Not every club has access to elaborate moving target systems, and it is certainly less common for the individual to have them to practice on their own. Consequently, when presented with a stage like this at a major match shooters who haven’t encountered these challenges before can be intimidated. Here is some general guidance if you do encounter this type of stage.
1) Pay close attention during the stage briefing, and watch the demostration of the targets being activated. This is particularly true if you are the first shooter.
2) If you are not the first shooter watch at least 3-4 other shooters on the stage to get an idea of how consistently the targets move and present themselves. Sometimes activators don’t work as quickly or targets move faster.
3) With multiple moving targets you need to know the sequence and how much time you have availble. You need to know that split second of when to abandon one target and move onto the next. In this video I took a second longer to make sure my shotgun safetywas on; Something I didn’t account for in stage planning. I only got one shot off at a disappearing paper. Fortunately that one shot counted to neutralize the target.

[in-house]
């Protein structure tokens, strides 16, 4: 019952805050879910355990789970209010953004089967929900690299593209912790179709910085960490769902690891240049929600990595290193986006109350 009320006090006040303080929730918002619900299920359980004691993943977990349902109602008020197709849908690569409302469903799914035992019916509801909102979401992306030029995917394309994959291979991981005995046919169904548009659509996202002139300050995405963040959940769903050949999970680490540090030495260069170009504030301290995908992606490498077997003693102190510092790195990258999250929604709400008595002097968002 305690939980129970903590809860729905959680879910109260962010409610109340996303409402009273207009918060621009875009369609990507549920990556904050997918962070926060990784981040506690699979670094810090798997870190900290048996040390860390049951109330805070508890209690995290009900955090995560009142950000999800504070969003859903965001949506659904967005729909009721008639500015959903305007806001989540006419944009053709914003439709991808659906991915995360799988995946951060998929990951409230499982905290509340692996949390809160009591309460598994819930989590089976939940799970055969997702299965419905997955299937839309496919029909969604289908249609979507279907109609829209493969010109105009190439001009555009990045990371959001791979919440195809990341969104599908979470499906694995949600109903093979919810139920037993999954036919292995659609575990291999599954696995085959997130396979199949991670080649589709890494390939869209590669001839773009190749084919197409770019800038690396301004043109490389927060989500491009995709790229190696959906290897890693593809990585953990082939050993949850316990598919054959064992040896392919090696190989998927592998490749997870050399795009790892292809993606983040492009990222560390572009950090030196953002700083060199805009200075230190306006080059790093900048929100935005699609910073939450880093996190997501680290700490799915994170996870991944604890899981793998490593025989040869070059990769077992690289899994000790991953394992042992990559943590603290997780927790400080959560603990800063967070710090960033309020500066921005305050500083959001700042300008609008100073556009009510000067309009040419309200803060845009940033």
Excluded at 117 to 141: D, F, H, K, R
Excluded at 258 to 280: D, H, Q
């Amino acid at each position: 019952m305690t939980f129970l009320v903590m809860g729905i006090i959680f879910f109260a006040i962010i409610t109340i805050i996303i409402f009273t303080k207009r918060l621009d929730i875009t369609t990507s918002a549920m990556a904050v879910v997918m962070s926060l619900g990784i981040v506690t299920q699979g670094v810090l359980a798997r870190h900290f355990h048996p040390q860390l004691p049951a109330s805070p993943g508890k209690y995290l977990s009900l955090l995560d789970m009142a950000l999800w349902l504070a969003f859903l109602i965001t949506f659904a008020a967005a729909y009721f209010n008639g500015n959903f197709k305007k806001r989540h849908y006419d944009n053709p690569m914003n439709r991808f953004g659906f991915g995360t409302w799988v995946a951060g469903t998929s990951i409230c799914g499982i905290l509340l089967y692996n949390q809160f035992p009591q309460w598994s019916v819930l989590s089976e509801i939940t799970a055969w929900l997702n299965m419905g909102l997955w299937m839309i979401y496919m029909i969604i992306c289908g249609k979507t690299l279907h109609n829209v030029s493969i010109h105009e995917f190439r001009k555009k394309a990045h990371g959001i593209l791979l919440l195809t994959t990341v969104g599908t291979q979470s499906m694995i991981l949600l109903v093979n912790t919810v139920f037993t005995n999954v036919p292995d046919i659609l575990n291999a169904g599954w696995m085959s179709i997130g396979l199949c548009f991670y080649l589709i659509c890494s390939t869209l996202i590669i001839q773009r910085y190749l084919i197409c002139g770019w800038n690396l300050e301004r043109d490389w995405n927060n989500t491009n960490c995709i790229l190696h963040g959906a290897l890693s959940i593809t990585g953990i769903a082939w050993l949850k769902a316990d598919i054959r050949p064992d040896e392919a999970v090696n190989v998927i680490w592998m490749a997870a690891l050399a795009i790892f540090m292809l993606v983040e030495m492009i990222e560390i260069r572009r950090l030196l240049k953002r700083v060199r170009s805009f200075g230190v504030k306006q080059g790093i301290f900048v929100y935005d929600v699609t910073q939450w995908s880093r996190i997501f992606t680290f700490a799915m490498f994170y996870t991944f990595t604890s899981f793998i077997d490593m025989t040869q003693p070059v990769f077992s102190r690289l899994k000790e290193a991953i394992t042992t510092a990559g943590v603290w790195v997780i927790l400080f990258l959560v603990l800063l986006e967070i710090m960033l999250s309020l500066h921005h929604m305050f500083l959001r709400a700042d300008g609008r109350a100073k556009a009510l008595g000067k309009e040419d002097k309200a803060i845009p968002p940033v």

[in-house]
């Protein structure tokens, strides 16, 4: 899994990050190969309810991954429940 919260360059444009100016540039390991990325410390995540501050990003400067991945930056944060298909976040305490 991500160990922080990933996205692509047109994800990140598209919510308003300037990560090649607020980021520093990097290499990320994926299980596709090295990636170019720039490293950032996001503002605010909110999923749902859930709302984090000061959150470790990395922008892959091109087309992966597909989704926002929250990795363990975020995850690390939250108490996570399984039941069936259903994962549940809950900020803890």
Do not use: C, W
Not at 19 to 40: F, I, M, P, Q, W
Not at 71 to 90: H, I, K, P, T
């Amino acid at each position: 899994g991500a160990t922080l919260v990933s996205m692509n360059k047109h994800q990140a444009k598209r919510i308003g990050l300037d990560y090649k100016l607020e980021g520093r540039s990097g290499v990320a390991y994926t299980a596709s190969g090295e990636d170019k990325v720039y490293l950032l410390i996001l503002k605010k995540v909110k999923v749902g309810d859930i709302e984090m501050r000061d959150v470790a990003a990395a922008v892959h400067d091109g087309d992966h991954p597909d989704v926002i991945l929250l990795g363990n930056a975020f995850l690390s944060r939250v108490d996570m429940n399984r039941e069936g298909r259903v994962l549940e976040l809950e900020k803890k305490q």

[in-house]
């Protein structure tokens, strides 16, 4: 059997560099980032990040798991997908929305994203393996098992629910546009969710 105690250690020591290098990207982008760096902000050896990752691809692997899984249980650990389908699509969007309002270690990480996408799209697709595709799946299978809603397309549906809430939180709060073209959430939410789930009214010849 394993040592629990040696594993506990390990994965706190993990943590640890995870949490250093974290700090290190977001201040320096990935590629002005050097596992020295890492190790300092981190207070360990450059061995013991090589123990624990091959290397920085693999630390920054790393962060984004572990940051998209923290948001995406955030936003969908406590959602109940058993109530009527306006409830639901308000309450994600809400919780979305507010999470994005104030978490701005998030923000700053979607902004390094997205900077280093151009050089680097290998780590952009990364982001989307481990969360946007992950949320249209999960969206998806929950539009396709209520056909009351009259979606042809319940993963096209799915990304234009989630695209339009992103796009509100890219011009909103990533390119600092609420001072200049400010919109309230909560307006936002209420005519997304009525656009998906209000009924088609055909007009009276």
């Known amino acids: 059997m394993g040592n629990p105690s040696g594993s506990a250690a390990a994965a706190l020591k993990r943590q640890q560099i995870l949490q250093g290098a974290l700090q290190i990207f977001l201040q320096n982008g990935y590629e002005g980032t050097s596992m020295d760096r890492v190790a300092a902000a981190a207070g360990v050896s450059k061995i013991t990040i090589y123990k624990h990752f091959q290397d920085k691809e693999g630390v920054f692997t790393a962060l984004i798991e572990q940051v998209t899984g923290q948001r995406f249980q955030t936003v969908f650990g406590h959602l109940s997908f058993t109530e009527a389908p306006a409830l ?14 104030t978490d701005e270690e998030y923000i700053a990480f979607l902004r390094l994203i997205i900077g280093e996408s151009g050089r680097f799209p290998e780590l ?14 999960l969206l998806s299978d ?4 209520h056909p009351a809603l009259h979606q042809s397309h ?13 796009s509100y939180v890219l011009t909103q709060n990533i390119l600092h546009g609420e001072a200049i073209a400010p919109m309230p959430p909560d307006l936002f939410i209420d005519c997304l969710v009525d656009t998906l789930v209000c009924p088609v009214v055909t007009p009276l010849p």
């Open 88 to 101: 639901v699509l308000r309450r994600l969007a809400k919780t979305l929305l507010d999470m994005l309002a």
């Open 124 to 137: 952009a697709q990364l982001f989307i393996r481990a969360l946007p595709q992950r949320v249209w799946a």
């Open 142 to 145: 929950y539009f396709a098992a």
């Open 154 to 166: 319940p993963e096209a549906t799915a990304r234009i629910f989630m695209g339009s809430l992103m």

4) If you aren’t confident, don’t take the risk. Some people tried to engage more targets during the delays between activators. They didn’t accurately gauge how long it would take to transiton back, and thus missed multiple targets. People either did well on this stage or crashed and burned.
5) Targets that disappear with no chance to re-engage are alway the priority.
6) On swinging targets don’t chase them, pick a spot and ambush them with 3-4 rounds as they swing past.
7) In the event movers will slow down and remain visible activate the mover first then shoot everything else and finish on the mover once it has slowed down a bit.
There is no substitute for practicing on the actual target systems you will face at matches. If possible find a local match that has some, or do a group buy with friends to have some to practice on your own.